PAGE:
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EIM as disparate as it may sound has many definitions; Here I plan to just publish just the main causes of data being considered as not useful!

To provide jazzy reports and ultimate analytics in a complex landscape always ends as useless unless it has a solid foundation, unless the information contained in it can be trusted ;

•         Integrate information from various different sources
•         Provide consistent business definitions, so that everybody understands  and agrees on the meaning of the KPIs used
•         Provide information in a timely manner, so users can be alerted to problems in time to be able to do something about them
•         And, perhaps above all, you need to provide accurate, quality information

 

Brand new survey I read recently on the web said that up to 75% of information workers have made business decisions that later turned out to be wrong due to flawed data, that only 10% of them always have all the information they need to make business decisions, and that they spend up to 30% of their time verifying the quality of the data they use.

 

One will always have multiple systems. Of course a client can—and should—combine some of the information, to make data marts and data warehouses, but some important business data will always be missing from those systems. The only hope is to use a flexible combination of ETL and BI techniques to provide the appearance of a coherent, single version of the truth. The key here is to use multiple techniques, choosing the right approach for each source and type of data, and to keep track of all the metadata so that you have a coherent, consistent approach.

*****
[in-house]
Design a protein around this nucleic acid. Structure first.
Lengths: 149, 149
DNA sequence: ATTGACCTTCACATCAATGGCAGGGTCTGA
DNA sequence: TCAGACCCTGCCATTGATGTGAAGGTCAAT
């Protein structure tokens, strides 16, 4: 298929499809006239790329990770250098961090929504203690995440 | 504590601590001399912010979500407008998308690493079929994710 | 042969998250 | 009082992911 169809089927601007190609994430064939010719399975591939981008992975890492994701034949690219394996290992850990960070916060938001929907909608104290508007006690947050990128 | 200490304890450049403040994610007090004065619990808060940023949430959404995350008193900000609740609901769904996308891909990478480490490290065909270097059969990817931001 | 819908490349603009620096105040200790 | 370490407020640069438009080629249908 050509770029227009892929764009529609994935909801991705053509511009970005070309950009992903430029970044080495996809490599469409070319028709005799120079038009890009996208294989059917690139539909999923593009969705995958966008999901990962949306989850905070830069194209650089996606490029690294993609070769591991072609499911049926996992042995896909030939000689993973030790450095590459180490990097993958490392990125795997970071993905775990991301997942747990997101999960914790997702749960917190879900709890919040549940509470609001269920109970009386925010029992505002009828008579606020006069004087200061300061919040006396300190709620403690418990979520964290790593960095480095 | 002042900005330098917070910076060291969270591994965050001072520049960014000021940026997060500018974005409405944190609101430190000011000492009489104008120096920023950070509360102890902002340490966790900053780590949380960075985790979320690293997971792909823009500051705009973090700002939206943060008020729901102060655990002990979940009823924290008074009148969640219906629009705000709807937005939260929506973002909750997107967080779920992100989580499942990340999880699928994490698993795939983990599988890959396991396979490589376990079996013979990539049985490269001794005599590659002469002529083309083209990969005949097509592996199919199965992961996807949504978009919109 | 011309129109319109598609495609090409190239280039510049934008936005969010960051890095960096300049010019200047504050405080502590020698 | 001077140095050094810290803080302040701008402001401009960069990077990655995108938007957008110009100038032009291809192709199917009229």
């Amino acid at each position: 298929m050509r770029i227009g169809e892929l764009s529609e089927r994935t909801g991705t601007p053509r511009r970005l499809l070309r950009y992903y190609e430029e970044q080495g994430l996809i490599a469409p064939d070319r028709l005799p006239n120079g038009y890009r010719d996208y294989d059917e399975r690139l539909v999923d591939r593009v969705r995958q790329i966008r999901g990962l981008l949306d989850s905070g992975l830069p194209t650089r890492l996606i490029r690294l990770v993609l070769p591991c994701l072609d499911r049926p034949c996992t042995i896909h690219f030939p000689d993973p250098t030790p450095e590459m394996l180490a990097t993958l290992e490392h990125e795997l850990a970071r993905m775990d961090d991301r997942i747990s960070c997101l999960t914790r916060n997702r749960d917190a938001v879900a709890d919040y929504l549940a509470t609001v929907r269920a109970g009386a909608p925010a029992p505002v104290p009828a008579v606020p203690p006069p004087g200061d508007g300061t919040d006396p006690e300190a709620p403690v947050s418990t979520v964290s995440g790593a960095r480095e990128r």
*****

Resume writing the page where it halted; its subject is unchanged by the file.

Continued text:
So what types of data quality problems can companies expect to find?  For example,

•         Are the address fields 50% empty?  
•         Have the customers moved recently at all?
•         Do you have a large percentage of default address customers?  

Many of these are simply data entry errors.

Some Clients may also have errors that fall under the category of data inconsistency.  These errors are typically violations of defined data standards.            

The ETL process can introduce data quality errors as well.  For example, it is very typical for data conversion to require normalization, or standardization, of data values or data formats. ETL process doesn’t account for the fact that one can likely have information stored for the same customer in various formats in multiple source systems, you could end up with a single customer showing up 3, 4 or even more times in the SAP data warehouse. Example : John Miller / Miller John / Miller A John can be the same customer maintained in three different systems.

 

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So what does Data Quality Offer a Client ?

  1. Data Quality improves decision making,
  2. It provides a single, accurate view of information and complete view of data across your enterprise
  3. It ensures that compliance reporting is accurate (which allows the executives to rest a little easier)
  4. It enhances targeted marketing efforts and ensures that you avoid customer service faux pas.
  5. It provides new insight into business opportunities to reduce costs in areas such as supply chain optimization.

 

Thus this is a summary of the problems one would see in providing a solid foundation for trusted BI. Data quality, disparate data, inconsistent terms, and traceability back to the source.

 EIM will improve service delivery in –>
• OPS-wide modernization
• Faster to find information
   • Fact-based decision-making
   • Less chance of duplication
• Collaborate across organizations
• Search & share information
• Workflow processes

EIM will reduce risk by ;
•  Know who owns each information resource
•  Apply access permissions to protect privacy & sensitivity
•  Find information
   • Requested under Freedom of Information
   • For legal e-discovery
•  Keep versions and audit trail
•  Transfer or destroy records when no longer needed
•  Protect organizational memory

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